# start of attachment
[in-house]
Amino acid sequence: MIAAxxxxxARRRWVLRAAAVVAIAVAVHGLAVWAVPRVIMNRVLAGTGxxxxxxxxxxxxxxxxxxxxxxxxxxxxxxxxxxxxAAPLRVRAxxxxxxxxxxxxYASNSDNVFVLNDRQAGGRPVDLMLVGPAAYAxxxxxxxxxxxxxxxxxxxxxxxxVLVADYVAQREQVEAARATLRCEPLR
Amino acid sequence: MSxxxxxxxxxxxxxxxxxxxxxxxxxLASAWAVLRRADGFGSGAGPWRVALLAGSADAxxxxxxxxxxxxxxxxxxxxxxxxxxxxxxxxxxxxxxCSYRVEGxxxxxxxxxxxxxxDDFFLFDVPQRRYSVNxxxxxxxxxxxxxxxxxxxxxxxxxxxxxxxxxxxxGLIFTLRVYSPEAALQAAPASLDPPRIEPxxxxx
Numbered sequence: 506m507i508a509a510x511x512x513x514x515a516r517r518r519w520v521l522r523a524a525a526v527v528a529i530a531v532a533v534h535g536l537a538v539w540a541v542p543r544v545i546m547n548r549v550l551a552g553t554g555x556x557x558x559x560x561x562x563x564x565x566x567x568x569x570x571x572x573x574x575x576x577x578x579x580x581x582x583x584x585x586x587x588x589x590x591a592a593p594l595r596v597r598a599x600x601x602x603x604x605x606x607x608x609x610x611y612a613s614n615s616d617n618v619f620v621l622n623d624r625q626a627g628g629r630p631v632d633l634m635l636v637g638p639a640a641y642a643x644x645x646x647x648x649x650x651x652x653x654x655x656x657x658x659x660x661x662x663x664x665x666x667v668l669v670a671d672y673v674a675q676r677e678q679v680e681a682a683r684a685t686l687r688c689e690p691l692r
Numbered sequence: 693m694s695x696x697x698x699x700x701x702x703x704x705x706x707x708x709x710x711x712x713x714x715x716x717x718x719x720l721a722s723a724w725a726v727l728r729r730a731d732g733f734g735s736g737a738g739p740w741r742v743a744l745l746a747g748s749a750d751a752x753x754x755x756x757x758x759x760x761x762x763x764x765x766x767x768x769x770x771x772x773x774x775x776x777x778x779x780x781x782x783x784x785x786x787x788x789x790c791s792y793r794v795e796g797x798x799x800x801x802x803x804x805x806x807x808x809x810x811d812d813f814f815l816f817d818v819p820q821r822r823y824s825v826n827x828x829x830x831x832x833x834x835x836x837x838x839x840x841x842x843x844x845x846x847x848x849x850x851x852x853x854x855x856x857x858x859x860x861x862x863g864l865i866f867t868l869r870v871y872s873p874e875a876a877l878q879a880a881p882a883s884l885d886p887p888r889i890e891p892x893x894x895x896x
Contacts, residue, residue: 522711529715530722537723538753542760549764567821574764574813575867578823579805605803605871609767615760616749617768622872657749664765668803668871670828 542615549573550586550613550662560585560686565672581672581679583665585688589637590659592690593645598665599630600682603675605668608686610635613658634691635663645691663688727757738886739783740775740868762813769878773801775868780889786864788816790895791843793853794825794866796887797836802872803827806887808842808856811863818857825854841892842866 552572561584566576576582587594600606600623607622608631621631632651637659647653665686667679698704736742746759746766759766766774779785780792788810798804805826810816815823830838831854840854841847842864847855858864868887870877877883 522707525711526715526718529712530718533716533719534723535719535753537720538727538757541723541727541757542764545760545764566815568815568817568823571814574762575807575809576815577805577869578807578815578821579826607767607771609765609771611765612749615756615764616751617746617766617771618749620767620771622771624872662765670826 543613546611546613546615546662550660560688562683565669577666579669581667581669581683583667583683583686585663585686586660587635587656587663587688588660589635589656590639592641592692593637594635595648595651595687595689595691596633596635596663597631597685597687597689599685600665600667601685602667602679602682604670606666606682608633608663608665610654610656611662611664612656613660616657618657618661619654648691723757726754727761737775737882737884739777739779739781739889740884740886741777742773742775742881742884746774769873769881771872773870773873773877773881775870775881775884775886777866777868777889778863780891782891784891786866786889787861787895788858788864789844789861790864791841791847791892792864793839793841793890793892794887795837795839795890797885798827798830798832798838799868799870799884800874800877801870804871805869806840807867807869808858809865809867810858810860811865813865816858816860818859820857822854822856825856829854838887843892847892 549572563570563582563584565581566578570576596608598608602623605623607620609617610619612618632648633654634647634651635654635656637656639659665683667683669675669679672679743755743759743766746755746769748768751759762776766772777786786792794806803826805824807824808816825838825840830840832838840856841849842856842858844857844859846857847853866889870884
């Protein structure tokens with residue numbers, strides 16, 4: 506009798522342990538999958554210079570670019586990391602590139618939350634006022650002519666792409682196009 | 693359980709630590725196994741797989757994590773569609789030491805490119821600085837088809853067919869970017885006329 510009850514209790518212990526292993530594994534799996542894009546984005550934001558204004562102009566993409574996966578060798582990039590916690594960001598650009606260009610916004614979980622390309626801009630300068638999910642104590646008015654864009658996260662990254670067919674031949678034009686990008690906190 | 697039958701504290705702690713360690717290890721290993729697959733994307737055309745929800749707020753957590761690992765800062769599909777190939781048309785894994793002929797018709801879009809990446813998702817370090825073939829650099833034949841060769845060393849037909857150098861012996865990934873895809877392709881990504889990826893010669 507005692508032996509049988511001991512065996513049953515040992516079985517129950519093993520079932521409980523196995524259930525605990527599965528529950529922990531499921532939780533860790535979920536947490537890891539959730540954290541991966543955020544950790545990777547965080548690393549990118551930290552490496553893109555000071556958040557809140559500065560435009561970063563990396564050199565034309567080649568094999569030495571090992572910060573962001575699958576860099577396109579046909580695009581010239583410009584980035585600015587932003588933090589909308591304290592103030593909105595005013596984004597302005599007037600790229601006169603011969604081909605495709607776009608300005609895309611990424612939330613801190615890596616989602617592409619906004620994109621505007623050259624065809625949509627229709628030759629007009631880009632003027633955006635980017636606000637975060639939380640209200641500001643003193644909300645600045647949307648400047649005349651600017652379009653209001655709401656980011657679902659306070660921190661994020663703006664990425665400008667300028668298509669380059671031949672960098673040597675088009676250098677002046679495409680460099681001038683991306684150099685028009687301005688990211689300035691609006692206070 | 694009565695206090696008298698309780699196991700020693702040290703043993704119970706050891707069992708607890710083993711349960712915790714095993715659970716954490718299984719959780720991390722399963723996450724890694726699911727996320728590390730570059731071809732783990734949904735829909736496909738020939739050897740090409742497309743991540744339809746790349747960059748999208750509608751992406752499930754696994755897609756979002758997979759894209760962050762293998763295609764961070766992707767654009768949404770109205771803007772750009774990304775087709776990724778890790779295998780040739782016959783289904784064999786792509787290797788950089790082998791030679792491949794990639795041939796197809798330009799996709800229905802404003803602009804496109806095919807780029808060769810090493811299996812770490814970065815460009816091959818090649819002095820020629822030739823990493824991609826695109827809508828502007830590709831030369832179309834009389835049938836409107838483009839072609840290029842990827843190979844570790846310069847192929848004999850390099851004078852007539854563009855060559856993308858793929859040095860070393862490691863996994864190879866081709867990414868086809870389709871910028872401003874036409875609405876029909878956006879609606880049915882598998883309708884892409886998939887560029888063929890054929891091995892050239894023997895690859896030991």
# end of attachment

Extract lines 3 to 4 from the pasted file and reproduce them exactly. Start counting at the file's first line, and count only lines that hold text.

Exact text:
Amino acid sequence: MSxxxxxxxxxxxxxxxxxxxxxxxxxLASAWAVLRRADGFGSGAGPWRVALLAGSADAxxxxxxxxxxxxxxxxxxxxxxxxxxxxxxxxxxxxxxCSYRVEGxxxxxxxxxxxxxxDDFFLFDVPQRRYSVNxxxxxxxxxxxxxxxxxxxxxxxxxxxxxxxxxxxxGLIFTLRVYSPEAALQAAPASLDPPRIEPxxxxx
Numbered sequence: 506m507i508a509a510x511x512x513x514x515a516r517r518r519w520v521l522r523a524a525a526v527v528a529i530a531v532a533v534h535g536l537a538v539w540a541v542p543r544v545i546m547n548r549v550l551a552g553t554g555x556x557x558x559x560x561x562x563x564x565x566x567x568x569x570x571x572x573x574x575x576x577x578x579x580x581x582x583x584x585x586x587x588x589x590x591a592a593p594l595r596v597r598a599x600x601x602x603x604x605x606x607x608x609x610x611y612a613s614n615s616d617n618v619f620v621l622n623d624r625q626a627g628g629r630p631v632d633l634m635l636v637g638p639a640a641y642a643x644x645x646x647x648x649x650x651x652x653x654x655x656x657x658x659x660x661x662x663x664x665x666x667v668l669v670a671d672y673v674a675q676r677e678q679v680e681a682a683r684a685t686l687r688c689e690p691l692r